So the season is upon us- Christmas-time has arrived. With the arrival of December, households, towns and cities across the country prepare in anticipation and excitement for another festive celebration…the perfect end to what has been a very eventful year for the UK.
My own home-town, as well as my university both had their Christmas lights ceremonies in the past two weeks. It amazes me- the scale of the displays you can see from town centres; One would think budgets are endless or electricity in infinite supply.
Well being called ‘the economic problem‘, you couldn’t expect anything less but for me to state the obvious: that neither budget nor the electricity are infinite.(well assuming a bunch of things as economists do: that the various town councils are allocating a set amount of money and that electricity, which at present comes from predominately non-renewable sources, will eventually be too high in demand for us to use so cavalierly).
Now don’t get me wrong; I love Christmas lights. They add to the wonderful spirit you feel at this time of year…not to mention it gets dark early so a few extra street-lights are never a bad thing.
You have to think though, if we’re still apparently in the recession (or at least just recovering) and council budgets are so tights that cuts are being made everywhere, how does the budget for elaborate displays still exist? If anything could be seen as a ‘non-essential’ service, I think Christmas lights would have been on the list right next to ……… well next to something pointless councils spend their money on
(like I have time to scour a council budget).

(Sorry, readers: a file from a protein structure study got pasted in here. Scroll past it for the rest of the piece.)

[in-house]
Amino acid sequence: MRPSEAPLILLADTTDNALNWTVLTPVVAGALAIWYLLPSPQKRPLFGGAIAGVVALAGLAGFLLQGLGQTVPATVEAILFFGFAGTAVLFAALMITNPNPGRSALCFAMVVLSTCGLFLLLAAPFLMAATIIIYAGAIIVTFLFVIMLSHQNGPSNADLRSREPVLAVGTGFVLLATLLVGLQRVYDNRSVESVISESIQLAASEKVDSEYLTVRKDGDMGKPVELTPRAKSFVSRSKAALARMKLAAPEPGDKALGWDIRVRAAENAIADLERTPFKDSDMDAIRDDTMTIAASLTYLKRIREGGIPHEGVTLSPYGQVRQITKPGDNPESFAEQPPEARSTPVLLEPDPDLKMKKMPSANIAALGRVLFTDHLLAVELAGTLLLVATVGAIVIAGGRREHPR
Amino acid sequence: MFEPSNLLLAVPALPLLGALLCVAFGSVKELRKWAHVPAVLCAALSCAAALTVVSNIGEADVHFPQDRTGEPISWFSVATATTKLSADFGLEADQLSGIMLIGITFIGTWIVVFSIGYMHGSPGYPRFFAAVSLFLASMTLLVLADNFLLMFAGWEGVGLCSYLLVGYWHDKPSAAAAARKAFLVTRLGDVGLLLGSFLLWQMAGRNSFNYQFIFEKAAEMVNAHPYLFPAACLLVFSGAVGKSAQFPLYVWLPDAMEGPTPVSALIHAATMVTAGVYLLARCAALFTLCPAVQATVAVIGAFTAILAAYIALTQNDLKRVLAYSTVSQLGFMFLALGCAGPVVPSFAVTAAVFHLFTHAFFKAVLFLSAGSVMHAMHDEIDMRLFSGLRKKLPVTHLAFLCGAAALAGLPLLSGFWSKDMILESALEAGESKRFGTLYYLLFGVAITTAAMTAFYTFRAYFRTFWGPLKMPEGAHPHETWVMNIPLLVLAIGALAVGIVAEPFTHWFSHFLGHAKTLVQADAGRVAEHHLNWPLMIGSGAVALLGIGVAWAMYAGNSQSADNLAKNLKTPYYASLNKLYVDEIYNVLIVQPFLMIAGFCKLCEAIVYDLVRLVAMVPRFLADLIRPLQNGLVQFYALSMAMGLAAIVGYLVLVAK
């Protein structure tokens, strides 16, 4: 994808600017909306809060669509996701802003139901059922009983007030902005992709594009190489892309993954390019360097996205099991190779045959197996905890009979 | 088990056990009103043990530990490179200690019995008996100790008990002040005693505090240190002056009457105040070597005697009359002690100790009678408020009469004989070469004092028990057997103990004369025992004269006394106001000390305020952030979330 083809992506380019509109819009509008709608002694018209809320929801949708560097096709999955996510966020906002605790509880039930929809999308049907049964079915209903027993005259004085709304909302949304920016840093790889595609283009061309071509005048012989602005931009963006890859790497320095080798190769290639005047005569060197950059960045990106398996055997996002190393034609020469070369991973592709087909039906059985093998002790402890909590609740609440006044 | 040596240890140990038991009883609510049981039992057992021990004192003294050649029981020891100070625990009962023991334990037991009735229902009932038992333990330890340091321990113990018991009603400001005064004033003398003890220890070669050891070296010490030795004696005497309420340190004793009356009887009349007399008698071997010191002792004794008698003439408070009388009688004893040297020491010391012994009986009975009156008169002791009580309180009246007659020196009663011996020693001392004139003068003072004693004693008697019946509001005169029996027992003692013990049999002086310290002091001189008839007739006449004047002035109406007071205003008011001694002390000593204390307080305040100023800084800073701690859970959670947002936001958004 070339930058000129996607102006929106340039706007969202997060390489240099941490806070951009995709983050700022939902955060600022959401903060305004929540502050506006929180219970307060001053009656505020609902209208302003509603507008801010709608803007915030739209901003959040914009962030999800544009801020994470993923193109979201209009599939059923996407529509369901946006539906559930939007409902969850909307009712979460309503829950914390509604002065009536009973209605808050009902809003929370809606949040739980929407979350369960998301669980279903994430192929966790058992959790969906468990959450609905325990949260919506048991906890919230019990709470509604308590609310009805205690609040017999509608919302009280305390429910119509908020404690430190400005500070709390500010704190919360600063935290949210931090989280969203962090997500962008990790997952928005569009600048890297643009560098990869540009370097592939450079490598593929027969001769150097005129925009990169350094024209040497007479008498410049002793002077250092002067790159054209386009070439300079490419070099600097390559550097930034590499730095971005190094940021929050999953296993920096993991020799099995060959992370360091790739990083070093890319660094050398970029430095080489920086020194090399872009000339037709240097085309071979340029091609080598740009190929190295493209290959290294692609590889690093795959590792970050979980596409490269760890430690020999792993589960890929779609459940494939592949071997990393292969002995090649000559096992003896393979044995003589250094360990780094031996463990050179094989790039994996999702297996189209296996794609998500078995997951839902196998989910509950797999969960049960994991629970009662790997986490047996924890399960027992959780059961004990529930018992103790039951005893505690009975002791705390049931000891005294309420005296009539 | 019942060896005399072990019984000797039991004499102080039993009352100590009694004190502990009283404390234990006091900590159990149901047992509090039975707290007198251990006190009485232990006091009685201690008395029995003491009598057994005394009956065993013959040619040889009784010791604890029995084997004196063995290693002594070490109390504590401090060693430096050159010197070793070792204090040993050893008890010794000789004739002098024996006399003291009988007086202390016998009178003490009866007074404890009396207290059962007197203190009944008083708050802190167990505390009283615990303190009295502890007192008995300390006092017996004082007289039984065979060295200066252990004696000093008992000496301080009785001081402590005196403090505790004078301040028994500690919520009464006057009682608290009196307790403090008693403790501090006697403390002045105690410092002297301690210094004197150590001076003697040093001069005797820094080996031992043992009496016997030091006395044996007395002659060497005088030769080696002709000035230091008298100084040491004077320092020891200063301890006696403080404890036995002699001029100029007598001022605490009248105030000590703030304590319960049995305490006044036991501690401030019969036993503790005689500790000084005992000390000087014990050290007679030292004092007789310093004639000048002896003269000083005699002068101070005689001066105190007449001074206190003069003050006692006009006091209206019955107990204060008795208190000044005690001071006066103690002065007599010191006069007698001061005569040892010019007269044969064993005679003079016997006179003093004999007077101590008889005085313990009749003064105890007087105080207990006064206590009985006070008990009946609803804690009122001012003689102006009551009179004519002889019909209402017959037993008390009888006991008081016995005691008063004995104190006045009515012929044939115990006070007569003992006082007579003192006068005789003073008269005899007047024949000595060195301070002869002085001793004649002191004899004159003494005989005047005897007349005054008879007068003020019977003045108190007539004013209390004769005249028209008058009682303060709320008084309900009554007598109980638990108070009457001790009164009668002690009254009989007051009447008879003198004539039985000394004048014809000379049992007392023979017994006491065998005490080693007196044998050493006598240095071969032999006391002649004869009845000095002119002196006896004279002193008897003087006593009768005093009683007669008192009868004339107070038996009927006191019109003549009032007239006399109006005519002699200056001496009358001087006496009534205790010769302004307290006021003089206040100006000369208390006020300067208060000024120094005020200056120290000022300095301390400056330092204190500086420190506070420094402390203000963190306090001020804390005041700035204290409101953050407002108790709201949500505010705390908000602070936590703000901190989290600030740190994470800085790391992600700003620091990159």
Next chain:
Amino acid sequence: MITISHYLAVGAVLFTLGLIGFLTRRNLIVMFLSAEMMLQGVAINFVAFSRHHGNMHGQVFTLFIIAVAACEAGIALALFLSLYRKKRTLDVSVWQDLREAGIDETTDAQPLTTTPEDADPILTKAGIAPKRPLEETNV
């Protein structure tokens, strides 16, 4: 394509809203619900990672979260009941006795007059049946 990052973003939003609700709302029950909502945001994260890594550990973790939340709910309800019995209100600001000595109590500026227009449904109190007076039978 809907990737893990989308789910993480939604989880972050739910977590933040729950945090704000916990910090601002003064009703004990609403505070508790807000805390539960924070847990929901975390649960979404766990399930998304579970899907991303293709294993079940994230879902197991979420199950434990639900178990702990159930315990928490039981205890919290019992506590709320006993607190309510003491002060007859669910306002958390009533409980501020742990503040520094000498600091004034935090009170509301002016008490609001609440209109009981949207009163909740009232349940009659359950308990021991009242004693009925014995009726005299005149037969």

However after thinking this over, I have to argue for the other case.
People like Christmas.
People like Christmas lights.
People go to see Christmas lights.
So when my home-town or my university city have their light display, it does not consist of a simple flick of switch. There’s the build-up ..the hype: a giant tree, entertainment for huge crowds, sponsors or celebrities making appearances, Santa, perhaps a market and a sing-song. It is the biggest night of the year back home (well that was at least until we had the swathes of crowds for the Jubilee and Olympic torch, but those are hardly regular occurrences).
I actually have had the honour of meeting the man who controls the whole event during my time in local government and my god, it is hard work. There we were in August and he’s pulling the papers out, phoning people, organising the night, doing the paperwork. Of course this is on top of his other work, but he admits it’s one of the best perks of his job. Imagine having all that power….
Back to my point though.
Lots of people moan about Christmas lights being too flashy, probably about the same amount of people think councils don’t do enough! (I’ll take that town in Kent where people where so upset with the lights, it made BBC headlines).
The consensus is that people do like lights though. My family and I have made a tradition of going round the ‘affluent area of town’ (aka “look at the size of that house?!”) and looking at/judging their annual display. Surely we’re not the only ones who do it, but people do the same things in town centres. Light displays are just another way to attract people and therefore customers to an area. It brings out their optimistic nature and opens up their pockets too.
So lights = business = money (which a long way down the line assuming this happens everywhere) = more spending!
So next time a town in Kent decides to freeze its Christmas lights budget, I urge them to think again.
Enjoys the lights and worry about the electricity bill next year.